On his first overseas visit after devolving all political authority to the democratic leadership, His Holiness the Dalai Lama will be arriving at Australia’s capital Canberra tomorrow.
Earlier today, the Australian Prime Minister Jullian Gillard ruled out meeting the Dalai Lama, giving a cold shoulder to public requests from coalition partner and long time Tibet supporter Green Senator Bob Brown.
“Australians will want the Prime Minister to meet the Dalai Lama at Parliament House,” Senator Brown had told reporters in Hobart.
Senator Brown met the Dalai Lama on Friday, and plans to meet him again next week.
Opposition Leader Tony Abbott had already committed to a meeting with the Tibetan spiritual leader last week.
A spokesman for the PM’s office told reporters of Gillard’s failure to meet the Dalai Lama but confirmed that a member of the government would meet him privately.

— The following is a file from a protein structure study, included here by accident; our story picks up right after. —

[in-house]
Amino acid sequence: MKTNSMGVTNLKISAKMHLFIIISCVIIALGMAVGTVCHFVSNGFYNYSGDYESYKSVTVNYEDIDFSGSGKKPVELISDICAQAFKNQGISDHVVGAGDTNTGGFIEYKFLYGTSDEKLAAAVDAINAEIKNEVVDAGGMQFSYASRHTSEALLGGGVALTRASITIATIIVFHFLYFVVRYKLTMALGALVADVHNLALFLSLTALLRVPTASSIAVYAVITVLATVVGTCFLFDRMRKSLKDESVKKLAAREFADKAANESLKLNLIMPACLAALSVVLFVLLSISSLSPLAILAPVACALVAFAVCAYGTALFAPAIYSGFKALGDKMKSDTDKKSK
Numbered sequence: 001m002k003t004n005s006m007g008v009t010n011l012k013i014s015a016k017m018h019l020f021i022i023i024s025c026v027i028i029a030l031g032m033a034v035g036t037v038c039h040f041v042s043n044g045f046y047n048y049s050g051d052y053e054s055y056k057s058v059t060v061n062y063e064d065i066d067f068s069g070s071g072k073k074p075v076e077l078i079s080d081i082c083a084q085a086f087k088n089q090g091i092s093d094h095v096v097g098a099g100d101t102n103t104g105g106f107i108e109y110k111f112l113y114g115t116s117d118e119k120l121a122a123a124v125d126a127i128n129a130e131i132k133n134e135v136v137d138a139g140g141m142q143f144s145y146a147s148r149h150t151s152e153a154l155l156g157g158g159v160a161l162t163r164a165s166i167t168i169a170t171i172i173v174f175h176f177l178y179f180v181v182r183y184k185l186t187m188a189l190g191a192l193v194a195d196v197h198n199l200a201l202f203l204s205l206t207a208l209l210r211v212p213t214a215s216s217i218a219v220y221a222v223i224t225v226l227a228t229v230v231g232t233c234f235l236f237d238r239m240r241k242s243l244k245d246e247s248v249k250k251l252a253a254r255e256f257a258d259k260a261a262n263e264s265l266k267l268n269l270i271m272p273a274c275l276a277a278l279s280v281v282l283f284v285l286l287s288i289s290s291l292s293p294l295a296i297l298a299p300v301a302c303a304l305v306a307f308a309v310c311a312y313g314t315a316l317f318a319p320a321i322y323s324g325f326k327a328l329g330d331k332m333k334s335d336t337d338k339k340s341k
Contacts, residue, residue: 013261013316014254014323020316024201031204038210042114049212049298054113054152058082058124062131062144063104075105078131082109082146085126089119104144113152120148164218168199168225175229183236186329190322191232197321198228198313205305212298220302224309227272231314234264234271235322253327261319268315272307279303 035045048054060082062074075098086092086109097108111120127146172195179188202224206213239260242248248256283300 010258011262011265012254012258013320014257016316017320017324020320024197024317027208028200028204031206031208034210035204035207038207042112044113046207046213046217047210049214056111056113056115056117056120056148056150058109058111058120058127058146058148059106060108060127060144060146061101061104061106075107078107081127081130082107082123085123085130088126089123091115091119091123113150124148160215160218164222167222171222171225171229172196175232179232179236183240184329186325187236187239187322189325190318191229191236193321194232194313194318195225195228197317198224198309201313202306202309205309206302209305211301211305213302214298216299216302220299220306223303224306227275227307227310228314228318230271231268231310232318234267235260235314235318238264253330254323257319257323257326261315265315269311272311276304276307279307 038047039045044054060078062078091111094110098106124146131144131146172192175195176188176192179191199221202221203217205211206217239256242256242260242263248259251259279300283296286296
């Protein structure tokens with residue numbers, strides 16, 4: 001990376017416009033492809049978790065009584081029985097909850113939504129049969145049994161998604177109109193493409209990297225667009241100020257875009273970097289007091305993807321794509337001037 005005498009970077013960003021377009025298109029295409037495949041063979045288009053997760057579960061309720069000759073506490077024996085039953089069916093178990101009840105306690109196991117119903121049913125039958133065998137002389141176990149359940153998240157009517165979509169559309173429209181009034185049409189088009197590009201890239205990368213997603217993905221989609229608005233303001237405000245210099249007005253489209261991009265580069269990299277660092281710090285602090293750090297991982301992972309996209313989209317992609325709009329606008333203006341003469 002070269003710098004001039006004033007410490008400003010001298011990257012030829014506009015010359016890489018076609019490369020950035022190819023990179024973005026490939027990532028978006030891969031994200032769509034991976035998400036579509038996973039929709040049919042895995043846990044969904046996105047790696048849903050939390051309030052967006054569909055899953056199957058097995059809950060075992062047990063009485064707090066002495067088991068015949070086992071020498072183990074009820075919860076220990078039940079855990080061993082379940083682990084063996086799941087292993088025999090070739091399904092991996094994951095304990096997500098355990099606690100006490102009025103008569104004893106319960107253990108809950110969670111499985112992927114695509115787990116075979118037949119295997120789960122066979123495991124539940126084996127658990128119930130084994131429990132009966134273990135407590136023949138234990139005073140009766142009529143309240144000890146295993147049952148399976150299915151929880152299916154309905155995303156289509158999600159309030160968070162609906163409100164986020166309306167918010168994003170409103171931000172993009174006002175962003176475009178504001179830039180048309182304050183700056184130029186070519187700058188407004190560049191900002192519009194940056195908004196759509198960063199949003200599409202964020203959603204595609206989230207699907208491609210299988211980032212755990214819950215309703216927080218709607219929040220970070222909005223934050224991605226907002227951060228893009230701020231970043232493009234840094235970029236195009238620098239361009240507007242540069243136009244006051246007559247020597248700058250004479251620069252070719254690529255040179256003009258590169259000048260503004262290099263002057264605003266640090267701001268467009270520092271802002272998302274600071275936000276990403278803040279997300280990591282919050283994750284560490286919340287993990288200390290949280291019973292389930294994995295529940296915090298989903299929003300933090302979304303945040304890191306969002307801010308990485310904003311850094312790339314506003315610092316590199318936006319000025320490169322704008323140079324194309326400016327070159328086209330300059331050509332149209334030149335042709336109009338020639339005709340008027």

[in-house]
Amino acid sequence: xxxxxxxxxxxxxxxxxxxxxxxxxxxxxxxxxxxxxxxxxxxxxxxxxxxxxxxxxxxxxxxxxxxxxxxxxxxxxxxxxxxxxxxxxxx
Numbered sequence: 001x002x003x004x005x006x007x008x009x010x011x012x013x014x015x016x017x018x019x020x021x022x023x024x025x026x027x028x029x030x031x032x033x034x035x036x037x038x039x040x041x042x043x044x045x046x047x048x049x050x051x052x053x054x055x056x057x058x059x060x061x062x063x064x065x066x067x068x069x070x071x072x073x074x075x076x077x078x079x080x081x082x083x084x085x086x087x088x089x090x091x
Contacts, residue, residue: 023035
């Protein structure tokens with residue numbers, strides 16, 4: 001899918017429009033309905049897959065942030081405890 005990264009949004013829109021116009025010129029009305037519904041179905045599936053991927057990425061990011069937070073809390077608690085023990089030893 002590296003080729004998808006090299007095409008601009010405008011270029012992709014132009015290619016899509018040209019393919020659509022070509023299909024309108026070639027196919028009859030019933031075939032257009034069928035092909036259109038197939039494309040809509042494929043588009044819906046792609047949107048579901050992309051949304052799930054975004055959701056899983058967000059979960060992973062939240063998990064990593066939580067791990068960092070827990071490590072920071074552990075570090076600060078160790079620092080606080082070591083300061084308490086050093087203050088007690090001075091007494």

“The prime minister will not meet with the Dalai Lama on this visit to Australia … Given the frequency of his travel to Australia, the government believes the current arrangements are appropriate,” the spokesman told reporters suggesting that a future meeting was possible.
The Australian Tibet Council and Labour MP Michael Danby had also lobbied hard for a meeting.
“Realistically, I hoped in light of recent developments in China, related to the Jasmine Revolution, that at least Foreign Minister Kevin Rudd would seek the Dalai Lama’s insights,” Mr Danby said in a statement.
Previous Australian prime ministers have held unofficial meetings with the Dalai Lama, including the then-prime minister John Howard in 2007 but even those low-key talks have irked China, Australia’s most important trading partner.